In 2018, China emitted 11.7 billion tonnes of carbon dioxide, nearly double the next largest contributor.
One of the contributing factors is that China’s power grid has historically been heavily dependent on coal, one of the most carbon intensive ways to generate energy.
The way China generate energy is changing rapidly. There are projects are taking strides in the move from coal to low-impact renewables.
We’re talking energy from sun, wind and rivers. Across they country new energy farms generated a world record of 32.5 gigawatts (GW) of wind power last year, and a world record 18.3 GW of solar power.
We've supported this project through carbon offsetting. It's creating a photovoltaic power plant located in the Gansu Province of China.
The renewable energy generated by the project is fed into the Northwest Power Grid, replacing mainly fossil-fuel (thermal coal) generation and the associated carbon emissions and local pollution.
The project avoids over 125,000 tonnes of CO2e emissions annually; has reduced the carbon intensity of the region’s power generation, and has increased the diffusion of modern, clean power technology.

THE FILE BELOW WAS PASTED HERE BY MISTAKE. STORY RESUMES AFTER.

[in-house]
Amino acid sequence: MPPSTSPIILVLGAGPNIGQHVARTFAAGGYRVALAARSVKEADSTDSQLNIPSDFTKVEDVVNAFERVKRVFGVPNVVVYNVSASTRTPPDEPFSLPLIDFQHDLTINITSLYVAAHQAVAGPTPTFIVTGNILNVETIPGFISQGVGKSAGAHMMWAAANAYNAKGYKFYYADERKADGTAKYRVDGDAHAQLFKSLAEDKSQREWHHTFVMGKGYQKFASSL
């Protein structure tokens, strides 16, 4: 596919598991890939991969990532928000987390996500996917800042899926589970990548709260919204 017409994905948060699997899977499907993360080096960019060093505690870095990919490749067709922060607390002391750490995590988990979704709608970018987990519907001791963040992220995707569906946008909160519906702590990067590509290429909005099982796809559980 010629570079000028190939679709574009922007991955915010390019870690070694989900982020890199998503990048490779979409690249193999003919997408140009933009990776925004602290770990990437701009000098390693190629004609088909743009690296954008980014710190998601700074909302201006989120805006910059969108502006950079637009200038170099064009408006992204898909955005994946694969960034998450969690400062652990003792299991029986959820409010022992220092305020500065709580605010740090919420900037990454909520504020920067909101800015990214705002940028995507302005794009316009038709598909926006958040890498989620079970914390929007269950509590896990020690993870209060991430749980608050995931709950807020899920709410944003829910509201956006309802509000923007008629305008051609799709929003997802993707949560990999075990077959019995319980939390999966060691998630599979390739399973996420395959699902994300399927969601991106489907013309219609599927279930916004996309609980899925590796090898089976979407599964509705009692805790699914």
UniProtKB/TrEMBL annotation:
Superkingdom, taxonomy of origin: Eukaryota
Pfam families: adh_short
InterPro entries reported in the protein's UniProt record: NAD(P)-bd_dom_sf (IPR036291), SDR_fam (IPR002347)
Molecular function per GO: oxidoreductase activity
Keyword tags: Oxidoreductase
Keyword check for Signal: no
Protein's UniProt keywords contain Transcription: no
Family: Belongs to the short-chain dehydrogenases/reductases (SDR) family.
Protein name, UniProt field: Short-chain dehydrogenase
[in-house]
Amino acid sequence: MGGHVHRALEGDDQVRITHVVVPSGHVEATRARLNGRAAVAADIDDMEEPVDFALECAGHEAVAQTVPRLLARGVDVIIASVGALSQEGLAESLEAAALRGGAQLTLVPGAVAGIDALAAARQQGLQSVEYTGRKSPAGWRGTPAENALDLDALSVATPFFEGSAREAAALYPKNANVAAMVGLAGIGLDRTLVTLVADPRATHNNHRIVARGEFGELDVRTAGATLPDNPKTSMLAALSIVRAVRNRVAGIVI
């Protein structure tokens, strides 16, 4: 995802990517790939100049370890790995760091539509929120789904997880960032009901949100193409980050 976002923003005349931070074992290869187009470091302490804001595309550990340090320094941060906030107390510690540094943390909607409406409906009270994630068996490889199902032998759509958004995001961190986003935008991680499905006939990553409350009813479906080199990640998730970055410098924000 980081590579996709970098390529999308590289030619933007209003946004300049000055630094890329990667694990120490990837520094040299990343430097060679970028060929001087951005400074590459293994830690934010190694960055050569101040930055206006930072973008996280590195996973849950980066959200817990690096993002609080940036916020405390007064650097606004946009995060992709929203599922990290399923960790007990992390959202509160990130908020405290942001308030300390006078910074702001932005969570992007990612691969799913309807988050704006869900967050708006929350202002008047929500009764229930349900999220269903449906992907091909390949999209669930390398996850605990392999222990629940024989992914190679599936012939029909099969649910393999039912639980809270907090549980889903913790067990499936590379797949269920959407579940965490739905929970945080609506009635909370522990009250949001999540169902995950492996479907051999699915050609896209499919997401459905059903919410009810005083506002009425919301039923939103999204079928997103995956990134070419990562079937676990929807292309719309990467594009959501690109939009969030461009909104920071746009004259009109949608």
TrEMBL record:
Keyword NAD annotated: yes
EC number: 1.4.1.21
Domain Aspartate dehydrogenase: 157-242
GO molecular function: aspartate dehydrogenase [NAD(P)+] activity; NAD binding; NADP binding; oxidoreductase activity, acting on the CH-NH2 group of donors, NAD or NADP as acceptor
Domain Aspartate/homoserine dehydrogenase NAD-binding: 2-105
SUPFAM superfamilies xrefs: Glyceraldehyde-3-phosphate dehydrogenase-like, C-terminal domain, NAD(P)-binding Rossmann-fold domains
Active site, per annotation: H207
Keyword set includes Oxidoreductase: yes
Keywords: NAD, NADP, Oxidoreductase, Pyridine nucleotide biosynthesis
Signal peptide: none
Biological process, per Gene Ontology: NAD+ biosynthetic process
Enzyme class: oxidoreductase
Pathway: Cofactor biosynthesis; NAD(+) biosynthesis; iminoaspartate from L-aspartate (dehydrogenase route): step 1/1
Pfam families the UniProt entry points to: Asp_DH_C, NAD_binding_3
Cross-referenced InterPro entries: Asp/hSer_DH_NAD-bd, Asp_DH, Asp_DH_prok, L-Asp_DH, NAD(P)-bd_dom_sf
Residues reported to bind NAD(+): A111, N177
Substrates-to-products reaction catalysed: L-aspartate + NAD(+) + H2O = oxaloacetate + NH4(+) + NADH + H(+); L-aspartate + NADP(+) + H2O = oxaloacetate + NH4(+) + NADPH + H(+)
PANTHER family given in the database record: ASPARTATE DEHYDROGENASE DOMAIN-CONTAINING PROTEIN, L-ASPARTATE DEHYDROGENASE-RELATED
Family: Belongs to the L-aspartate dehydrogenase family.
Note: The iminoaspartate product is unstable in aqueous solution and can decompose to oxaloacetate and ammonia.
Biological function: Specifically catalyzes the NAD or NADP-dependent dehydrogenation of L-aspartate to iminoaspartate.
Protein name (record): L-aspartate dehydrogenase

Our offsetting also supported the creation of a wind farm located in the North China Plain.
This wind energy project consists of 133 wind turbines with a capacity of 199.5 MW. The project uses wind resources to supply clean, renewable electricity to the North China Power Grid.
The electricity generated from this project displaces part of the electricity which is predominantly generated by coal-fired power plants. The project construction and ongoing maintenance creates job opportunities for local communities, helping to stimulate economic growth.
Targeting renewable electricity generation is part of the long-term strategy when it comes to helping stop global warming reaching 1.5˚C by 2050. By building a decarbonised economy, these projects help stop future emissions from being created. They work alongside removal projects that actively absorb carbon from the atmosphere.